Vail Daily column: The two most important people in this election
Perhaps it is the proliferation of modes of communication, but it seems that more words, cartoons, and graphics (certainly, memes) have been created for this election than any other in history. Many of them have been centered on the vitriolic nature of the campaign, either reflecting upon that unfortunate outcome or fomenting it. The race for the presidency has created a dichotomy: the forces of good amassed behind their savior, doing battle against the hordes of evil headed by the certain devil. Both sides of the divide, no, chasm, have that specific perspective. The future of this country has been posited to lie in the hands of only two individuals. In this manufactured duality, an incorrect choice in Tuesday’s election shall be the foretelling of Armageddon. But this characterization emphasizes the wrong two people. To save our society from doom, the focus must be on the right duo: oneself and the person with whom one interacts. In each moment, those are the only people that matter.
No reset button exists
In a country filled with hundreds of millions of people, it is overwhelming to contemplate the restoration of civility on a wholesale basis. To repair the rifts created during the past decades of increasing polarization, we cannot simply apply a magical salve. There is no megalithic reset button. Words and policies implemented from above are not a tenable solution, no matter what either of our candidates may declare. Sure, those may be helpful in not doing further harm, but to suture the wounds, we have to start smaller.
A problem is most easily tackled by breaking it down into its constituent parts. We, as singular citizens, the members of the larger constituency, are complicit in allowing matters to have degraded this far. Therefore, we are now tasked with building the bridges that will allow our community to reconnect. The most difficult part of any daunting project is simply to begin.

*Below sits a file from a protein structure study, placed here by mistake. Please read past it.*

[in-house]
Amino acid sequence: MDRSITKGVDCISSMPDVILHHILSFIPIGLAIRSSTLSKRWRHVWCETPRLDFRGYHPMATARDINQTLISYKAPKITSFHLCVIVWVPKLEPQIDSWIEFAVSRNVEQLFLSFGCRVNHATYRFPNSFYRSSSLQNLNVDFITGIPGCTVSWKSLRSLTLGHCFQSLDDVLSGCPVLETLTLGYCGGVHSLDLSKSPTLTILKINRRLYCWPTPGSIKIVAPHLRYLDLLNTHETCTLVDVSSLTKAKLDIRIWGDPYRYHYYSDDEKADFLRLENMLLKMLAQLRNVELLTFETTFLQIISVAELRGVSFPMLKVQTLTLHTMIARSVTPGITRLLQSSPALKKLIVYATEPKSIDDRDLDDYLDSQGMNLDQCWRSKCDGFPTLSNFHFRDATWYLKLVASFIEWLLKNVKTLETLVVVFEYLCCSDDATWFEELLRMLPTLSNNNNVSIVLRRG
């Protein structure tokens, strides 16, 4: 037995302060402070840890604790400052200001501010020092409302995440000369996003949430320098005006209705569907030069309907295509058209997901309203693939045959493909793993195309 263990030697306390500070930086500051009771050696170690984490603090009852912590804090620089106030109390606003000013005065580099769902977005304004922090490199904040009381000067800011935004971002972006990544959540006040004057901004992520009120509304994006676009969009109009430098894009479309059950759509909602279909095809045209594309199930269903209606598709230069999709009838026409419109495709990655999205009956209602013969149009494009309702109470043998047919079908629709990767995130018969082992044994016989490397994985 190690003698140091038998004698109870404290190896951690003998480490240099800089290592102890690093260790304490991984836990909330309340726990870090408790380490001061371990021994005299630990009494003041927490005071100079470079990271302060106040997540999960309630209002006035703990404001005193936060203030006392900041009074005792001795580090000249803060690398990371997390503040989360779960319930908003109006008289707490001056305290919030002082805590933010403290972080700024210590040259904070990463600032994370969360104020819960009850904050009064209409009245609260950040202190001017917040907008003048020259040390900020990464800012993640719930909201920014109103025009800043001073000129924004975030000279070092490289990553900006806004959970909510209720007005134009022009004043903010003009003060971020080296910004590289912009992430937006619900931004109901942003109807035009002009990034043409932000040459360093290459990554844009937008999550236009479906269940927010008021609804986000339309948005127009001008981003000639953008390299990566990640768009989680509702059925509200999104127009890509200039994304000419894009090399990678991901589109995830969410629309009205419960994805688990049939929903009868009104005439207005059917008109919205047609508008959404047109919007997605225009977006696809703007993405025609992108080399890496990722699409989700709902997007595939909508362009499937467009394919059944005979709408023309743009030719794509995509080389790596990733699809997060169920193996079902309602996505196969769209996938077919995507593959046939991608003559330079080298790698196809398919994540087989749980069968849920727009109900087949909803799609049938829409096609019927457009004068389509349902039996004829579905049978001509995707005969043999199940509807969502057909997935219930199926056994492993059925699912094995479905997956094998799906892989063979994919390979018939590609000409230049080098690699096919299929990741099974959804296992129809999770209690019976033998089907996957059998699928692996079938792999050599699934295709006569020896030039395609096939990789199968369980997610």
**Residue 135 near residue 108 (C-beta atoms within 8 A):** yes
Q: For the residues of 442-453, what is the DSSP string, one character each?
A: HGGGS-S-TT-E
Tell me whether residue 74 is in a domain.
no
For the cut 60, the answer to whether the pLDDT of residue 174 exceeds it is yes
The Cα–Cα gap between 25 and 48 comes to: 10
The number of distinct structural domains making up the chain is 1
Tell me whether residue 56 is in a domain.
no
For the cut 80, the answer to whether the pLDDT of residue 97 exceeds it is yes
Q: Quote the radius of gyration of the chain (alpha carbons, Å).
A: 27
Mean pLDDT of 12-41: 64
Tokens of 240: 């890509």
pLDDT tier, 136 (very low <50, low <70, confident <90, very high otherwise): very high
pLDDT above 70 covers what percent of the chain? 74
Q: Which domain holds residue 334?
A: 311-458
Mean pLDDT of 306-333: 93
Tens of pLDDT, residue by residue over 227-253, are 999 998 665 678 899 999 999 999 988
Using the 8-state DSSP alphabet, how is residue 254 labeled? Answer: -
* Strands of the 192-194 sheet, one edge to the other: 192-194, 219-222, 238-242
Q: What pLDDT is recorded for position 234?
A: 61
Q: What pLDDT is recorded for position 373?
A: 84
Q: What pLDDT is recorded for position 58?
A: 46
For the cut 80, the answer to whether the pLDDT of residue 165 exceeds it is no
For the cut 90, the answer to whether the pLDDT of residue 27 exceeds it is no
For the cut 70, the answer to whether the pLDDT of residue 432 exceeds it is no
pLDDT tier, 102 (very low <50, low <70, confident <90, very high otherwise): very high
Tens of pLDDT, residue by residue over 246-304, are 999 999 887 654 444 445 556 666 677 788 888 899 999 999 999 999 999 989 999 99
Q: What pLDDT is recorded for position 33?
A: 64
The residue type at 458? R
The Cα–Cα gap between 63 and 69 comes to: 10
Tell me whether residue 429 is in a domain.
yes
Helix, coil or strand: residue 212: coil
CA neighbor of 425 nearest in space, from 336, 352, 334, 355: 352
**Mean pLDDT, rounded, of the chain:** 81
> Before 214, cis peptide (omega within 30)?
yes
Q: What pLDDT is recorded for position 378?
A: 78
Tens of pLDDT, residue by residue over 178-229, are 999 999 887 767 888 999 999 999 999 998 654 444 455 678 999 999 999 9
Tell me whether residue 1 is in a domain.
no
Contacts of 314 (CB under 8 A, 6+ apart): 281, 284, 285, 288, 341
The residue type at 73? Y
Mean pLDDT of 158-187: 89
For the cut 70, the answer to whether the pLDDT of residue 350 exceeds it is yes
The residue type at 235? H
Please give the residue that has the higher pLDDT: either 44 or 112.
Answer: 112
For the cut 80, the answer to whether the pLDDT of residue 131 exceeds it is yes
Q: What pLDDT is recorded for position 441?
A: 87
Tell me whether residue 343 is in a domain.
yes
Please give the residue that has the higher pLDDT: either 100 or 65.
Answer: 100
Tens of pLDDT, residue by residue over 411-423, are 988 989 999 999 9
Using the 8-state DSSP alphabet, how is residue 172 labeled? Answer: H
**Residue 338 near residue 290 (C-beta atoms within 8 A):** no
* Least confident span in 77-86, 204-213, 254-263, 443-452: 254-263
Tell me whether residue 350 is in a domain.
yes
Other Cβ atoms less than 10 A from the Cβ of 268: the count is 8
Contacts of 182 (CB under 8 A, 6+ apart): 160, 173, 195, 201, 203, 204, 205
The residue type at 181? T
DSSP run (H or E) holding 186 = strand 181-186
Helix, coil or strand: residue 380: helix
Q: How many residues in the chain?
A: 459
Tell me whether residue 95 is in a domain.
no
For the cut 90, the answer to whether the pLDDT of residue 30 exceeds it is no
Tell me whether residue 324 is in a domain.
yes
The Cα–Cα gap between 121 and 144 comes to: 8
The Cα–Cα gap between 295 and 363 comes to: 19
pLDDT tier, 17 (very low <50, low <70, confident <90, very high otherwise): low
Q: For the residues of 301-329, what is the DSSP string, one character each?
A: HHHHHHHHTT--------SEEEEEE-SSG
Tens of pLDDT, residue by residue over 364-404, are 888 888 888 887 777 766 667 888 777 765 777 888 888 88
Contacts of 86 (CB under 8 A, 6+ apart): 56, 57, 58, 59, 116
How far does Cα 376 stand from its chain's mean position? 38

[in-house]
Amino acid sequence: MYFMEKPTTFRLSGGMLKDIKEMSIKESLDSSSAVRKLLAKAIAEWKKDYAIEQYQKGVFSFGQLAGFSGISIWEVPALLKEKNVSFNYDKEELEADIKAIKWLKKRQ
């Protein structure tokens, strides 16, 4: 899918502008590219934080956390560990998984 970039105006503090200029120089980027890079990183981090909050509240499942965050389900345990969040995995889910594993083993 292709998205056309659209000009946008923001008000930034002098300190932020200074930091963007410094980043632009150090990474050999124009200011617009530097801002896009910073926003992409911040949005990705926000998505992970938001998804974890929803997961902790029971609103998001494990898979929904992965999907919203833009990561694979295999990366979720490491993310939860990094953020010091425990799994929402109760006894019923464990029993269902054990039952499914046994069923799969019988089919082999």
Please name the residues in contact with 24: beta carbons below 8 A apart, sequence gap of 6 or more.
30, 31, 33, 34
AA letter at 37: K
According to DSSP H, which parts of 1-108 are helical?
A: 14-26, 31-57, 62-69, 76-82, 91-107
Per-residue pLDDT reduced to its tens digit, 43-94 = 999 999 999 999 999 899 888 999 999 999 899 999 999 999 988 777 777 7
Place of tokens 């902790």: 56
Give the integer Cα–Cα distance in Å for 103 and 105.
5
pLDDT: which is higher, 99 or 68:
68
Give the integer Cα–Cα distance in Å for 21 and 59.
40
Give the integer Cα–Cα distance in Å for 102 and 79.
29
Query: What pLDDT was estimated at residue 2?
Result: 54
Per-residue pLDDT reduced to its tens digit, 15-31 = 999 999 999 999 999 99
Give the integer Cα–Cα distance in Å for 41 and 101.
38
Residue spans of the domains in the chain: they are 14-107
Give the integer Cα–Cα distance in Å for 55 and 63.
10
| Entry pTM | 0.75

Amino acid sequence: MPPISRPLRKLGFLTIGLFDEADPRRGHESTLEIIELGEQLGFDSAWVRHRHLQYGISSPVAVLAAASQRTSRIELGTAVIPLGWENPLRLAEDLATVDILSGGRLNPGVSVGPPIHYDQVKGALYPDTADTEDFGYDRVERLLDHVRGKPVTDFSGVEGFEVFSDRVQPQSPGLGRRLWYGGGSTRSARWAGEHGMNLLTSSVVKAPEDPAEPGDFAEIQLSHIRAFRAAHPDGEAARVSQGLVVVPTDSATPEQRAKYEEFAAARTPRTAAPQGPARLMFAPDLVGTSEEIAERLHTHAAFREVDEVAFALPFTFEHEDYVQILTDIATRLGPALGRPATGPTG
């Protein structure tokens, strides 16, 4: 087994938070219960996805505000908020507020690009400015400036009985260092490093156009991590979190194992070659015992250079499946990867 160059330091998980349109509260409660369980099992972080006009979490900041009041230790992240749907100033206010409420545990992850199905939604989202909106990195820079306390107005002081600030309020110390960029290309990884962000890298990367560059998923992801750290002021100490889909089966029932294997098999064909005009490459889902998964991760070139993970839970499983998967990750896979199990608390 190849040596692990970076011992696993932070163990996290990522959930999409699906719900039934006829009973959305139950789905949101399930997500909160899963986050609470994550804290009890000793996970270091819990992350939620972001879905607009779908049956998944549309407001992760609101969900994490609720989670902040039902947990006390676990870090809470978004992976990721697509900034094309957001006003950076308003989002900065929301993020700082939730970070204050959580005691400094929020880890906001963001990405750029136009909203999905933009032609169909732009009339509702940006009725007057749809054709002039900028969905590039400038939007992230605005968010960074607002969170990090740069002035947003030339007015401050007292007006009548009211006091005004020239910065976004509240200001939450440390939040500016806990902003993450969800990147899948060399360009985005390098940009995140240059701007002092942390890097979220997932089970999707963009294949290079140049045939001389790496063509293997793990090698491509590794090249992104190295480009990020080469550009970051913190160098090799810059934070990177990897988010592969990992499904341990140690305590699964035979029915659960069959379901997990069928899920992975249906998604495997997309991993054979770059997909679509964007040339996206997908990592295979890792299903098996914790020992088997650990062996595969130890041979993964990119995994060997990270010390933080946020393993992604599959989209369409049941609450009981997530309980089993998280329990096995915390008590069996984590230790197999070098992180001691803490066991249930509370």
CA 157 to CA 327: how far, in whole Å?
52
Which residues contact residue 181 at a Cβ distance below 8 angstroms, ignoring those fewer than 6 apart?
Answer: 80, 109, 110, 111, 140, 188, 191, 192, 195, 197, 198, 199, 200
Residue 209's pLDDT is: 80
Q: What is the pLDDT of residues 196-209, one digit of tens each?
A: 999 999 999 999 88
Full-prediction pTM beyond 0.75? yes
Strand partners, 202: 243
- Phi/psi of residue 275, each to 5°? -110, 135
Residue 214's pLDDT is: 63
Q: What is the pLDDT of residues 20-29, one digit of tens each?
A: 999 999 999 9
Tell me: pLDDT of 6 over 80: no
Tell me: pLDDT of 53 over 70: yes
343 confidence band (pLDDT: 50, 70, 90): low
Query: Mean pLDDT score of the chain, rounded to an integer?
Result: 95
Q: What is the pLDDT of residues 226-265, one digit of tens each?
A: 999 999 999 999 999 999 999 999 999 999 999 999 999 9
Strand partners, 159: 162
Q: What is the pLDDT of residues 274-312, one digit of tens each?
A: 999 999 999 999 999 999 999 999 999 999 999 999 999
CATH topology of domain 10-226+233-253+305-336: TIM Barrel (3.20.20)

Today is the day that we commence our national rehabilitation. Step one: When speaking with someone, texting them, emailing them, tweeting at them, leaving a comment on their Facebook wall, doing any number of other social media interactions, remember that they are also human. That they had an upbringing, have gone through experiences, had influences that informed their perspectives. You need not agree with other people. But you must assume that their views, being intensely personal, are valid. There is no such thing as right. That is a relative concept. When you look at the person with whom you are communicating through that lens, it alters the manner in which you will treat that person. With some certainty, I can predict that humanizing your compatriot will have you address them in the way that you may wish to be addressed. This is especially powerful if that person is one that you would have previously considered an opponent.
A second critical step is to ignore labels, to treat each person and each interaction as a clean, neutral slate. It is possible to be a fiscally conservative Democrat or a pro-choice Republican. Political parties and the stereotypes they engender are artificial constructs. They are misguided attempts to sort the infinite complexities of humanity into two neat little piles. A corollary to this is that a person is worthy of respect, of equal treatment, regardless of their skin color, sexual orientation, country of origin, wealth or other indicia by which people tend to discriminate. That is a founding principle of our country and all the more important as we become ever more diverse. You may quarrel with a refugee’s ability to secure social services, that is your prerogative as a holder of an opinion. But it is inexcusable to treat them as subhuman. We must break the cycle of treating newcomers as interlopers. The Dutch did it to the British, the British to the Irish, the Irish to the Polish and so forth and so on. It is the path that led us to the disturbing present.
Grounded in these fundamental tenets, each dyad’s positive interactions will link up with the other constructive couplets to form the bedrock upon which our new monument to national unity will be built. Threatened by forces both internal and external, we have reached a crux point where we can either descend into an irreparable dystopia or else rise again to the promise birthed at our independence.
Such a lofty goal begins not with multitudes, not with the uninspired choice that faces the county Tuesday. It starts with you and me. Us.
T.J. Voboril is a partner at Reynolds, Kalamaya & Voboril LLC, a local law firm, and the owner and mediator at Voice Of Reason Dispute Resolution. For more information, contact Voboril at 970-306-6456, firstname.lastname@example.org or visit http://www.rkvlaw.com.
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